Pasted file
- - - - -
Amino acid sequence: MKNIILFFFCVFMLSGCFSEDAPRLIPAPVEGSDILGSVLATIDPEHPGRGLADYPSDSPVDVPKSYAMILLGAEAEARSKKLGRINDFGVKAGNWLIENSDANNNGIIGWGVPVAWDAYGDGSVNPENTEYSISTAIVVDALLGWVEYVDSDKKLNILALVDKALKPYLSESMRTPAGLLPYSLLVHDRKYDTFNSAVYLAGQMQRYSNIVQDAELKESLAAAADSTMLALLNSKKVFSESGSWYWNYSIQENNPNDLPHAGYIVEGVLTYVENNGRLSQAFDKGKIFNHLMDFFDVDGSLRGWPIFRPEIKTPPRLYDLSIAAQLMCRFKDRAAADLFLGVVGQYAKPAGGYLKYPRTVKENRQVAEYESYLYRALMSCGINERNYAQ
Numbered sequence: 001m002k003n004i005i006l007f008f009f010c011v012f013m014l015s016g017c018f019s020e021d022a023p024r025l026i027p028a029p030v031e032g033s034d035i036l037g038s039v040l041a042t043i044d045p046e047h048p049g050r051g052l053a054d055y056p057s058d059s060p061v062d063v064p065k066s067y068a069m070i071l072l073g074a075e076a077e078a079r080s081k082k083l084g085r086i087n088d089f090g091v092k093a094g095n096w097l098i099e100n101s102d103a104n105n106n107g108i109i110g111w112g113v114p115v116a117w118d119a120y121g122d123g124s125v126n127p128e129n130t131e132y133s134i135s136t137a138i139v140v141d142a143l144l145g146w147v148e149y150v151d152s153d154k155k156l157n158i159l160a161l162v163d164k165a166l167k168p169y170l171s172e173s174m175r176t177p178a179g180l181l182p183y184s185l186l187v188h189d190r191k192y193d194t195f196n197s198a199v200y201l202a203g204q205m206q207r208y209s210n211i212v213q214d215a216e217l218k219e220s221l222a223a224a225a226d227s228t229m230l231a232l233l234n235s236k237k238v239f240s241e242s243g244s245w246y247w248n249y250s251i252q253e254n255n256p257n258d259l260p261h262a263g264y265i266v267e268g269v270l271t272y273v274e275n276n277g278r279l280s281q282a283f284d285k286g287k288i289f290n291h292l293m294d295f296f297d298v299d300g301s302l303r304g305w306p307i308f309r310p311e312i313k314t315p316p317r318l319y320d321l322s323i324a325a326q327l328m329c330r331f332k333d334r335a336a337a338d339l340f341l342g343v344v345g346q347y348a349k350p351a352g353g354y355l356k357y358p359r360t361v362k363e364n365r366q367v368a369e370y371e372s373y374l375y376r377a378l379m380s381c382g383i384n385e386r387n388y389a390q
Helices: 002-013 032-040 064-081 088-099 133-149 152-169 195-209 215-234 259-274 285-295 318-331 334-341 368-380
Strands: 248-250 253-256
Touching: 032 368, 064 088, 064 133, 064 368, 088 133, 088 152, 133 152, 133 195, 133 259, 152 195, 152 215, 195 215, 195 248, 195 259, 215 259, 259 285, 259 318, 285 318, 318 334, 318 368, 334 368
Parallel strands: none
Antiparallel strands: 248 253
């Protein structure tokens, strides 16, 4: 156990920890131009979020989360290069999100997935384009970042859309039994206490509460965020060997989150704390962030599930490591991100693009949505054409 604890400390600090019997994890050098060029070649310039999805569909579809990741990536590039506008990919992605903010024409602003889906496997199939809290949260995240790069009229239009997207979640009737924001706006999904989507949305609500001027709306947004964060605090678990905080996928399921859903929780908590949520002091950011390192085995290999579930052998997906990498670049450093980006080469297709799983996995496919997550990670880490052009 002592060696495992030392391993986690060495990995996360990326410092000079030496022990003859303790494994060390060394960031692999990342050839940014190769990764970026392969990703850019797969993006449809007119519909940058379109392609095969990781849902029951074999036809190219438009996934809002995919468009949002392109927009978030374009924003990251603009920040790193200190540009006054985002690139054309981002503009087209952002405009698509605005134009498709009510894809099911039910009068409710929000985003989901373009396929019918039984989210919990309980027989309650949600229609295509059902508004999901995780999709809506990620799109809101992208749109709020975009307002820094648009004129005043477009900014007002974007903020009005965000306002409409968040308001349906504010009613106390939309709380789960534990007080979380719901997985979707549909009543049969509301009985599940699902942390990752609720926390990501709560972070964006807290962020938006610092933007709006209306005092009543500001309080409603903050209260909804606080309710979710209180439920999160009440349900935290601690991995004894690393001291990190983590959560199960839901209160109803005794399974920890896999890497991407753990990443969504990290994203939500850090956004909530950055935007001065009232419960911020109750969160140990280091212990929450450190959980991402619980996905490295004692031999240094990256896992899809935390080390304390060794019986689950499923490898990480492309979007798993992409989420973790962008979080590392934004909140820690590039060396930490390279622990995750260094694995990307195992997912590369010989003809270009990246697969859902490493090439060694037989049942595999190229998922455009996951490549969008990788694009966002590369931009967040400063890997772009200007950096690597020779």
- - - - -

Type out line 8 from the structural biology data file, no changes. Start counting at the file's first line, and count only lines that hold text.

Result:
């Protein structure tokens, strides 16, 4: 156990920890131009979020989360290069999100997935384009970042859309039994206490509460965020060997989150704390962030599930490591991100693009949505054409 604890400390600090019997994890050098060029070649310039999805569909579809990741990536590039506008990919992605903010024409602003889906496997199939809290949260995240790069009229239009997207979640009737924001706006999904989507949305609500001027709306947004964060605090678990905080996928399921859903929780908590949520002091950011390192085995290999579930052998997906990498670049450093980006080469297709799983996995496919997550990670880490052009 002592060696495992030392391993986690060495990995996360990326410092000079030496022990003859303790494994060390060394960031692999990342050839940014190769990764970026392969990703850019797969993006449809007119519909940058379109392609095969990781849902029951074999036809190219438009996934809002995919468009949002392109927009978030374009924003990251603009920040790193200190540009006054985002690139054309981002503009087209952002405009698509605005134009498709009510894809099911039910009068409710929000985003989901373009396929019918039984989210919990309980027989309650949600229609295509059902508004999901995780999709809506990620799109809101992208749109709020975009307002820094648009004129005043477009900014007002974007903020009005965000306002409409968040308001349906504010009613106390939309709380789960534990007080979380719901997985979707549909009543049969509301009985599940699902942390990752609720926390990501709560972070964006807290962020938006610092933007709006209306005092009543500001309080409603903050209260909804606080309710979710209180439920999160009440349900935290601690991995004894690393001291990190983590959560199960839901209160109803005794399974920890896999890497991407753990990443969504990290994203939500850090956004909530950055935007001065009232419960911020109750969160140990280091212990929450450190959980991402619980996905490295004692031999240094990256896992899809935390080390304390060794019986689950499923490898990480492309979007798993992409989420973790962008979080590392934004909140820690590039060396930490390279622990995750260094694995990307195992997912590369010989003809270009990246697969859902490493090439060694037989049942595999190229998922455009996951490549969008990788694009966002590369931009967040400063890997772009200007950096690597020779």